Written answers

Thursday, 18 November 2021

Department of Foreign Affairs and Trade

Defence Forces

Photo of Gary GannonGary Gannon (Dublin Central, Social Democrats)
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124. To ask the Taoiseach and Minister for Defence if he will consider a reform of the process by which medals are awarded and honour the service men and women following on from the independent review into medals awarded to those involved in the Jadotville siege; and if he will make a statement on the matter. [56546/21]

Photo of Simon CoveneySimon Coveney (Cork South Central, Fine Gael)
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In general, medals are awarded to members of the Defence Forces on the basis of various criteria such as their length of service, for service overseas and for acts of bravery associated with such service both at home and overseas. Defence Force Regulation (DFR) A9 sets out the qualifying criteria required to be awarded such Defence Forces Medals.

This Regulation also delineates the procedures for the awarding of those medals to members of the Defence Forces and requires that any recommendations for possible awards must be made in accordance with the relevant procedures. Such awards are made on the recommendation of a Military Board appointed by the Chief of Staff for the purpose of examining and reporting on every recommendation for an award.

The issue of awarding of military medals to personnel who served at Jadotville has been considered on a number of occasions and most recently by the Independent Review Group (IRG), established to examine the issue of the award of military medals to personnel who served at Jadotville. The IRG’s report was published in full on 15 July 2021.

I have publicly welcomed the report in response to its publication last July. The report provides a comprehensive, multidimensional and contextualised account of the Battle of Jadotville and its aftermath. The conclusions and recommendations are based on a rigorous and objective examination of all material and evidence available.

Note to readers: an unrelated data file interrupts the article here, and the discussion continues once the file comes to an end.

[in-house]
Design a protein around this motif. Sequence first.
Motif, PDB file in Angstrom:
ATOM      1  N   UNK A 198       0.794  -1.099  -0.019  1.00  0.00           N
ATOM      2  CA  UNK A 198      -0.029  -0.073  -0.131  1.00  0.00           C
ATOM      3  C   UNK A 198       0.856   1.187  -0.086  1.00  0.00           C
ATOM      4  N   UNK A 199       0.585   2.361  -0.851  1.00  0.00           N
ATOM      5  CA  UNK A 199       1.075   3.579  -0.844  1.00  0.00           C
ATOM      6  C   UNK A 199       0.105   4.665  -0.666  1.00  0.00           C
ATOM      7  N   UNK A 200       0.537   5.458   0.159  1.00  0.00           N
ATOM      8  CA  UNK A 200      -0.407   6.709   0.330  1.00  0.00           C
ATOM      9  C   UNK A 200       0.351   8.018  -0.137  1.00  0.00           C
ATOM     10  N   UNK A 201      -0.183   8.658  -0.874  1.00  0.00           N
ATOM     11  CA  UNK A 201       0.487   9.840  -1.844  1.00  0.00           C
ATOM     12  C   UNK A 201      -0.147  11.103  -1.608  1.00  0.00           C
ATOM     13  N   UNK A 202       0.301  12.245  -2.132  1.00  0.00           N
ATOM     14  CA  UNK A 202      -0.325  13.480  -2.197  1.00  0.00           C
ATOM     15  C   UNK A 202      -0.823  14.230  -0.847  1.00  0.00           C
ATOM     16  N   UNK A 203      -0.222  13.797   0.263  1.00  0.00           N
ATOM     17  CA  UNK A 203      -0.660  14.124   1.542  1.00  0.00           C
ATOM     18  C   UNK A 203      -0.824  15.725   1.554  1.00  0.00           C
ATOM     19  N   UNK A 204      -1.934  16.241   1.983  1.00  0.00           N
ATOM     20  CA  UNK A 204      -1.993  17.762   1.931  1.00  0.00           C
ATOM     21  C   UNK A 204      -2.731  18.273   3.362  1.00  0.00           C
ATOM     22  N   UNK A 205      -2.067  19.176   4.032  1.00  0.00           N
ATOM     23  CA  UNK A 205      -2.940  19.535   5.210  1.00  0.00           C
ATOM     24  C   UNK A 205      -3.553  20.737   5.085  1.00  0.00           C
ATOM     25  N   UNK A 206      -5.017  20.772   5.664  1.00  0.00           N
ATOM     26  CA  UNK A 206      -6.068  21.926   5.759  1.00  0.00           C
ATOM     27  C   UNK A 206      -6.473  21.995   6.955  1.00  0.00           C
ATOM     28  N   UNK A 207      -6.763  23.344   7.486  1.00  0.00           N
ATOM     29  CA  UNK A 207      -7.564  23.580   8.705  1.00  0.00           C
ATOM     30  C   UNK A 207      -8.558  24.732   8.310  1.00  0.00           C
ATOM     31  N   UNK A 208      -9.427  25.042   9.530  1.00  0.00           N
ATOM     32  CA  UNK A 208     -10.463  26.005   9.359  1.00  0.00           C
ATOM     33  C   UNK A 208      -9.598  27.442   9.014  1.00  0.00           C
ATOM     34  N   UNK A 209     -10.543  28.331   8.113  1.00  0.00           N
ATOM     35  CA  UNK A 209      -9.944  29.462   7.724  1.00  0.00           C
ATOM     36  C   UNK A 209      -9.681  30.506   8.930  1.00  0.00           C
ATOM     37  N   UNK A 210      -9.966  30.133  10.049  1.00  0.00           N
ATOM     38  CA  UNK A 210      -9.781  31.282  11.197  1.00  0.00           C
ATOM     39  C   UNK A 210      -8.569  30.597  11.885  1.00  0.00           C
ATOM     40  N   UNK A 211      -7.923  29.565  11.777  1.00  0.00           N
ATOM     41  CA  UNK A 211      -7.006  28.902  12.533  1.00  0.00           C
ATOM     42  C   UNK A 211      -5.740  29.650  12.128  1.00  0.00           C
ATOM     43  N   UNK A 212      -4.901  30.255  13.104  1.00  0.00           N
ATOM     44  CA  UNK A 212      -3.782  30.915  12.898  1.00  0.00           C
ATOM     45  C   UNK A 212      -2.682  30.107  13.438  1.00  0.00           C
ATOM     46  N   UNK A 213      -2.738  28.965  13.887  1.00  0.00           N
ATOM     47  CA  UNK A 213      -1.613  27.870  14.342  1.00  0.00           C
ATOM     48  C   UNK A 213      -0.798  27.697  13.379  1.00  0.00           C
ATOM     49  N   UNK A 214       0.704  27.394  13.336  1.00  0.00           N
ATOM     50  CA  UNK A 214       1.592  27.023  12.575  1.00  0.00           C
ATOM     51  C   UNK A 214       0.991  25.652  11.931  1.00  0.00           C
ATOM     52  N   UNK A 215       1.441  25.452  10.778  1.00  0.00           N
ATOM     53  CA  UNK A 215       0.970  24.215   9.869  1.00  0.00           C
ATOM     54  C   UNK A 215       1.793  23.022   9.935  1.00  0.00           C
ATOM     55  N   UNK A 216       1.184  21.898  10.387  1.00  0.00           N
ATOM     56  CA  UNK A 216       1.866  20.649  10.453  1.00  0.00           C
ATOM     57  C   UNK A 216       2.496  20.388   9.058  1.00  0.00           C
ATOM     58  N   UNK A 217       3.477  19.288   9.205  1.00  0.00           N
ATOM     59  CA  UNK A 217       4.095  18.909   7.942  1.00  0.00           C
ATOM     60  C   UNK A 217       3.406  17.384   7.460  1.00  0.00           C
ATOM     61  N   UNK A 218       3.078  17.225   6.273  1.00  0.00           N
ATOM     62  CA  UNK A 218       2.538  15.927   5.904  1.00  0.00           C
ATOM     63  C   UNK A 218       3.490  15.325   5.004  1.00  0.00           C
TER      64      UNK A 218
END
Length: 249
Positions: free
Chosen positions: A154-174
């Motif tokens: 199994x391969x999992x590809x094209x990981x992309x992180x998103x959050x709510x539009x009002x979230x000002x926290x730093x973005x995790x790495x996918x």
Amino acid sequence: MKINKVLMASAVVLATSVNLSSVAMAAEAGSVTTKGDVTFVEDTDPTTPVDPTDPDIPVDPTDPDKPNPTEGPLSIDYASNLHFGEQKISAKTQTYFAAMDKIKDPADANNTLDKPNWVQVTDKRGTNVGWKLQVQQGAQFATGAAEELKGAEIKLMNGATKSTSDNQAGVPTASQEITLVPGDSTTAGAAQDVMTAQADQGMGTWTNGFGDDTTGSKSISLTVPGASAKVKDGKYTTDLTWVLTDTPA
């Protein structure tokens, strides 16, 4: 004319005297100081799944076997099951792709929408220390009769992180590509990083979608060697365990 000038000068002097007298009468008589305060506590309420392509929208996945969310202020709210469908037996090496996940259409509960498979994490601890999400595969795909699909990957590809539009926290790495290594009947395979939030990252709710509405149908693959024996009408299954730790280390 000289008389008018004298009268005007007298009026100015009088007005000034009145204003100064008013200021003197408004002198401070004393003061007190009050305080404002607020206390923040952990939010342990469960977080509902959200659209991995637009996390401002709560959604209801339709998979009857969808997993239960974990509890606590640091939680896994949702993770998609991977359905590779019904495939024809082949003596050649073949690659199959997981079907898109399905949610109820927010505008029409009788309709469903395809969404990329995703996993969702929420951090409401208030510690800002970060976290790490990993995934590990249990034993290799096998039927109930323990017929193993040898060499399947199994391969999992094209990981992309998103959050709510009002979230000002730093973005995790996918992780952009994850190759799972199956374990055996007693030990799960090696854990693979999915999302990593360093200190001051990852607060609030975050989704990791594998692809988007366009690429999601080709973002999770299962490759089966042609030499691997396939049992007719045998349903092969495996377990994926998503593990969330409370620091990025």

A critical factor is to ensure that the process of awarding medals is underpinned by oversight, objectivity, accountability, and transparency. With a view therefore to maintaining the credibility and integrity of the medals awarding system, the recommendations of the Independent Review Group are being considered in that context.

As the Deputy will be aware, a judicial review is under way at present regarding a recommendation of the IRG report relating to the convening of a Military Board to consider the award of medals. Given that the matter is now before the Courts, it would be inappropriate for me to comment further at this time.

Photo of Bernard DurkanBernard Durkan (Kildare North, Fine Gael)
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128. To ask the Taoiseach and Minister for Defence the extent to which he and his Department continue to liaise with the Defence Forces with a view to the resolution of matters outstanding including the strength of all branches, matters relating to pay and conditions or other issues of concern; and if he will make a statement on the matter. [56457/21]